Given a fairly unoriginal brief, or a marketing stance that lacks certain imagination, it’s all too natural for clichés to start flooding your mind when you come. So what if you hit that terrible stumbling block when, for everything you try, you keep coming back to the same clichés? Consider that unoriginal starting point, that unimaginative bridge, and reposition yourself.
Clichés tend to exist for a reason – for example because everyone wants their product to be the best at something, and the collocations for the best tend to stick in our minds. Clichéd, unoriginal writing, is not inherently wrong – sometimes it’s precisely what a reader will expect (and even want). It’s just not going to separate a product or brand from the rest of literary history in any lasting, memorable way.
Say you’ve found a particular cliché that encapsulates your copy’s message perfectly, and you know it’s so tired that it’s bound to be completely ineffectual. Yet nothing else fits quite right. Where do you go from there? Try to force something? Switch some of the cliché’s component parts to make something original? Chances are if a cliché fits your idea best, your whole premise was cliché to begin with. Maybe you need to restart, and consider changing your idea entirely.
If you take a journey down the road of creative fiction into writing short stories, there’s a valuable lesson to be learned from the concept of topic or theme-based challenges. Short story practice, training and competitions tend to use keywords, setting, and a variety of other parameters to give you that first spark of inspiration. I’m sure copywriting exercises would do the same, if you’ve been through some sort of formal copywriting training. A useful tip approaching these challenges, which you’ll find from any number of creative writing sources, is that you should reject your first idea outright. Why? Because it’s most likely the same, clichéd idea that most people come to faced with the same topic. And if you start with the same concept, no matter how much you try to mix it up, you’re only going to go so far to producing something original in the end.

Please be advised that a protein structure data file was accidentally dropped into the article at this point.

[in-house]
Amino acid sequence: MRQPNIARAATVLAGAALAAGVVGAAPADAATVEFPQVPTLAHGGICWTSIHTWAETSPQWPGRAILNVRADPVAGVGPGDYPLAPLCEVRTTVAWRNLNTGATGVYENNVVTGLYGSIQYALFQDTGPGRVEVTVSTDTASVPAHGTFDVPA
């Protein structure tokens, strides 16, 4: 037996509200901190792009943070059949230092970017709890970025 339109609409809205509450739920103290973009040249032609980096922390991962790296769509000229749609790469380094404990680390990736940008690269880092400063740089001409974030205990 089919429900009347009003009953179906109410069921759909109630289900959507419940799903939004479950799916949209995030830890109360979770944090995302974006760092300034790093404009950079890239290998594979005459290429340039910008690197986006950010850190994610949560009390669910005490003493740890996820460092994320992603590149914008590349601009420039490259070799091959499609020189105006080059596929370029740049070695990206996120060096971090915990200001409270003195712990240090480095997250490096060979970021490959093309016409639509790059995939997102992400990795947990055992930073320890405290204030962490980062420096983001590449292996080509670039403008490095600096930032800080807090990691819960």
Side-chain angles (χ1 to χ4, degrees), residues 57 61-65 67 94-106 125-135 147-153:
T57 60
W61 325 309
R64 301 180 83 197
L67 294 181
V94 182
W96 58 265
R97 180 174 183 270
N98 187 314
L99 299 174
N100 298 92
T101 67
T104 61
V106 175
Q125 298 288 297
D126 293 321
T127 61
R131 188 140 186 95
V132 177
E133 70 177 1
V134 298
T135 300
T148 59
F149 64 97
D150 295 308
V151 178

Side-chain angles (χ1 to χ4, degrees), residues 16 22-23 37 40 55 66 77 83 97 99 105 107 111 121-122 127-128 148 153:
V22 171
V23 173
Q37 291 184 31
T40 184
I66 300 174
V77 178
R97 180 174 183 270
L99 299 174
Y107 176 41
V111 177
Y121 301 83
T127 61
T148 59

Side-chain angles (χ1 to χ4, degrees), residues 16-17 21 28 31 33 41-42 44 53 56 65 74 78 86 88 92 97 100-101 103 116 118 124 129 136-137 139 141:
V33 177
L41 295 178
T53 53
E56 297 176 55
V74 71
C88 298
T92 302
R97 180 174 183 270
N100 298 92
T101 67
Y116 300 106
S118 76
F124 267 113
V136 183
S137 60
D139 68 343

Consider this short story challenge: Write a page starting with the sentence The gun lay on the floor, finally empty. Start with an idea that involves crime, suicide or war and see how original the final product is. Change the starting point- complete the task explicitly avoiding any themes of crime, war or violence, and the clichés will fall away. Obvious language, after all, arises from starting with an obvious idea.